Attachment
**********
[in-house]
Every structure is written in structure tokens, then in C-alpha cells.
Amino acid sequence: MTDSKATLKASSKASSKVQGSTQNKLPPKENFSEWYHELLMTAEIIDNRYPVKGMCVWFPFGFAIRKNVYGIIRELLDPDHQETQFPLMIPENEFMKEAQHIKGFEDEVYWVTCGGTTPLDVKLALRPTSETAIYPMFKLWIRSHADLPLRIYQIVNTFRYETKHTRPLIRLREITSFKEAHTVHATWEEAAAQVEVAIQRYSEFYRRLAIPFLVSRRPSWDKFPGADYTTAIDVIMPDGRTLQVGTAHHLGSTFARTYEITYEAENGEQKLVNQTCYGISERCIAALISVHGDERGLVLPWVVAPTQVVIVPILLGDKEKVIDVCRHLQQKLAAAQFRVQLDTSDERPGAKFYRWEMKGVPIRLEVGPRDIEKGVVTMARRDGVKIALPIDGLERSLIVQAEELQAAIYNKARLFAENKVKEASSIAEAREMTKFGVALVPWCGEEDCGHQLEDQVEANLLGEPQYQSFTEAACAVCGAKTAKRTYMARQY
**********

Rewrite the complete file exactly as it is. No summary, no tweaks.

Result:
[in-house]
Every structure is written in structure tokens, then in C-alpha cells.
Amino acid sequence: MTDSKATLKASSKASSKVQGSTQNKLPPKENFSEWYHELLMTAEIIDNRYPVKGMCVWFPFGFAIRKNVYGIIRELLDPDHQETQFPLMIPENEFMKEAQHIKGFEDEVYWVTCGGTTPLDVKLALRPTSETAIYPMFKLWIRSHADLPLRIYQIVNTFRYETKHTRPLIRLREITSFKEAHTVHATWEEAAAQVEVAIQRYSEFYRRLAIPFLVSRRPSWDKFPGADYTTAIDVIMPDGRTLQVGTAHHLGSTFARTYEITYEAENGEQKLVNQTCYGISERCIAALISVHGDERGLVLPWVVAPTQVVIVPILLGDKEKVIDVCRHLQQKLAAAQFRVQLDTSDERPGAKFYRWEMKGVPIRLEVGPRDIEKGVVTMARRDGVKIALPIDGLERSLIVQAEELQAAIYNKARLFAENKVKEASSIAEAREMTKFGVALVPWCGEEDCGHQLEDQVEANLLGEPQYQSFTEAACAVCGAKTAKRTYMARQY